Did you ever have a csv file that somebody wanted loaded into the database so they could do a quick analyses on it? You could create a SSIS project or use the SSMS import data task, but here is a nice quick and easy way to do it using TSQL.
Below is a file that the analyst needs loaded. It is just a simple comma separated file.
Now I need to create a table to to load the csv file contents into. It has two fields to match the file. You can also load to a pre-existing table if the columns match the csv file.
Now by using the BULK INSERT command, it reads and loads the file into the table.
BULK INSERT dbo.jim_import FROM 'c:\temp\jim_import.csv' WITH ( FIRSTROW = 2, FIELDTERMINATOR = ',', ROWTERMINATOR = '\n', TABLOCK, CODEPAGE = 'ACP' );
Now for some explanations on the parameters in the WITH section.
FIRSTROW is what row in the file it should start importing from. We have a header row in our file so the data starts on line 2.
FIELDTERMINATOR is what the separator is between fields, a comma in our case.
ROWTERMINATOR is the row terminator to be used for char and widechar data files.
TABLOCK is used to lock the table during the load. This and the other parameters can be changed if needed.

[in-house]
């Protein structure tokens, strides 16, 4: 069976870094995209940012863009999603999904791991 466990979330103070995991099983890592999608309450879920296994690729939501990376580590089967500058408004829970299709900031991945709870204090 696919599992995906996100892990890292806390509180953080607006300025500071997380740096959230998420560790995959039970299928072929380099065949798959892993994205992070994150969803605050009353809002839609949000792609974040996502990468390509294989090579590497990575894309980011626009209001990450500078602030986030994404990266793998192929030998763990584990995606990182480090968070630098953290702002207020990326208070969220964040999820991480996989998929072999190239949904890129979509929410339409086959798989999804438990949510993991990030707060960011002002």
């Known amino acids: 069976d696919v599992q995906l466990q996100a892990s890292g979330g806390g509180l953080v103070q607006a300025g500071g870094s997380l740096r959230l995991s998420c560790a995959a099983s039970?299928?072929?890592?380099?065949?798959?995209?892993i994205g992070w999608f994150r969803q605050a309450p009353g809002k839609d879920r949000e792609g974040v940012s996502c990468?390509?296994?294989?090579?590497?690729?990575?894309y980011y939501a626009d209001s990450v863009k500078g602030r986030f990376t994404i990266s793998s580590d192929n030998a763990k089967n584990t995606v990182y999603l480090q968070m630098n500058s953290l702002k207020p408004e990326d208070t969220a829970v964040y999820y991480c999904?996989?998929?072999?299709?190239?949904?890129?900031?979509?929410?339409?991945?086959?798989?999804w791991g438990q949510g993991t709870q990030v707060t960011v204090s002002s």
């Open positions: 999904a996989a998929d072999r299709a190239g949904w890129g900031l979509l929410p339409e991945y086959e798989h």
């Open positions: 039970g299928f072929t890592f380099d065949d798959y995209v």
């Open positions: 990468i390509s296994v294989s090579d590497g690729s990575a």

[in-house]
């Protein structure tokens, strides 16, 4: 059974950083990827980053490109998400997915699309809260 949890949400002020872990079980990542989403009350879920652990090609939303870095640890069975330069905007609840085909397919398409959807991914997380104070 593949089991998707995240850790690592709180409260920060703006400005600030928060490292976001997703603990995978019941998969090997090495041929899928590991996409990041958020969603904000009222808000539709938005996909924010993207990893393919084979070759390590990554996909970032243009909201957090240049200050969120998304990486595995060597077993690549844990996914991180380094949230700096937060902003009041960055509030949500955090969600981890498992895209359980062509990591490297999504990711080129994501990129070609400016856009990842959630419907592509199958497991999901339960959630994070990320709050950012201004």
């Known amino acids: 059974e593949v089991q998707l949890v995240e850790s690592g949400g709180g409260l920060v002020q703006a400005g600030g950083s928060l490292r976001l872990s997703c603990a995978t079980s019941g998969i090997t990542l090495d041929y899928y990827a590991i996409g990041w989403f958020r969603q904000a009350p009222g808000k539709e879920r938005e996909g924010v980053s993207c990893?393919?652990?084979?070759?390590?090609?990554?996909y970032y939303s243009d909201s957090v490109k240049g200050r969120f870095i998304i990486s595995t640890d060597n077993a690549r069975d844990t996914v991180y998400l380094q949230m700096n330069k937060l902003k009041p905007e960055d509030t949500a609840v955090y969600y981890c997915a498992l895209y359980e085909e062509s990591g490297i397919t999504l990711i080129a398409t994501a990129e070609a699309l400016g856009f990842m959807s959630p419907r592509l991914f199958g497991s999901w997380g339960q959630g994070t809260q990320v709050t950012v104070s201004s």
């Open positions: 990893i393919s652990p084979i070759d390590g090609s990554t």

CODEPAGE is for specifying what format your data will be in.
For all other parameters that are available, please look on Books Online for the dozens of different options. https://docs.microsoft.com/en-us/sql/t-sql/statements/bulk-insert-transact-sql?view=sql-server-ver15
Lets look at the table now, and it has the items from the file imported in!
We can also load a file that has a pipe separator and skip the first few rows. This file we are going to only load the bottom two rows.
The two parameters that I changed are the FIRSTROW to start at line 4 and the FIELDTERMINATOR is now a |. After running the statement, it says two rows got imported. Lets take a loook.
There we go. It only loaded the bottom two rows.
There are multiple ways to do things in SQL Server and now you know another way to import data into a table.